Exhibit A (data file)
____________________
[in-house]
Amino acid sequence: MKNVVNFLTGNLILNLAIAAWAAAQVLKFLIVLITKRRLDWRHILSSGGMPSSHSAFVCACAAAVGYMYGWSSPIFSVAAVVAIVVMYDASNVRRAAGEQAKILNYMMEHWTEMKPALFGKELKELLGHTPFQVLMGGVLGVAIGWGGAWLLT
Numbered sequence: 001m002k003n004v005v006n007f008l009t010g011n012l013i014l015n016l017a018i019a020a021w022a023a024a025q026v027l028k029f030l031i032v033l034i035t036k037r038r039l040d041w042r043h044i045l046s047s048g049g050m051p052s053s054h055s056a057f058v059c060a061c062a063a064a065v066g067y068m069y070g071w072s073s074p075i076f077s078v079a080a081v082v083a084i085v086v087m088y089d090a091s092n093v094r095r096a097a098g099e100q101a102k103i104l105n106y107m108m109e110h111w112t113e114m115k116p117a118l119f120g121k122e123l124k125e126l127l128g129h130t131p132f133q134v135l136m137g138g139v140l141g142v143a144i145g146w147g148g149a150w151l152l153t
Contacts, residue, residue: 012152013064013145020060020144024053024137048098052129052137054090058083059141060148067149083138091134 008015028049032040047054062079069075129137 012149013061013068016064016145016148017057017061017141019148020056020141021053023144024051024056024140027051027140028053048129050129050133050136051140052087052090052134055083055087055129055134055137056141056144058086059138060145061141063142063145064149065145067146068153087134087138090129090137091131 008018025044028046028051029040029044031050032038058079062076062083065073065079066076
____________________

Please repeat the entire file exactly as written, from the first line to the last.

[in-house]
Amino acid sequence: MKNVVNFLTGNLILNLAIAAWAAAQVLKFLIVLITKRRLDWRHILSSGGMPSSHSAFVCACAAAVGYMYGWSSPIFSVAAVVAIVVMYDASNVRRAAGEQAKILNYMMEHWTEMKPALFGKELKELLGHTPFQVLMGGVLGVAIGWGGAWLLT
Numbered sequence: 001m002k003n004v005v006n007f008l009t010g011n012l013i014l015n016l017a018i019a020a021w022a023a024a025q026v027l028k029f030l031i032v033l034i035t036k037r038r039l040d041w042r043h044i045l046s047s048g049g050m051p052s053s054h055s056a057f058v059c060a061c062a063a064a065v066g067y068m069y070g071w072s073s074p075i076f077s078v079a080a081v082v083a084i085v086v087m088y089d090a091s092n093v094r095r096a097a098g099e100q101a102k103i104l105n106y107m108m109e110h111w112t113e114m115k116p117a118l119f120g121k122e123l124k125e126l127l128g129h130t131p132f133q134v135l136m137g138g139v140l141g142v143a144i145g146w147g148g149a150w151l152l153t
Contacts, residue, residue: 012152013064013145020060020144024053024137048098052129052137054090058083059141060148067149083138091134 008015028049032040047054062079069075129137 012149013061013068016064016145016148017057017061017141019148020056020141021053023144024051024056024140027051027140028053048129050129050133050136051140052087052090052134055083055087055129055134055137056141056144058086059138060145061141063142063145064149065145067146068153087134087138090129090137091131 008018025044028046028051029040029044031050032038058079062076062083065073065079066076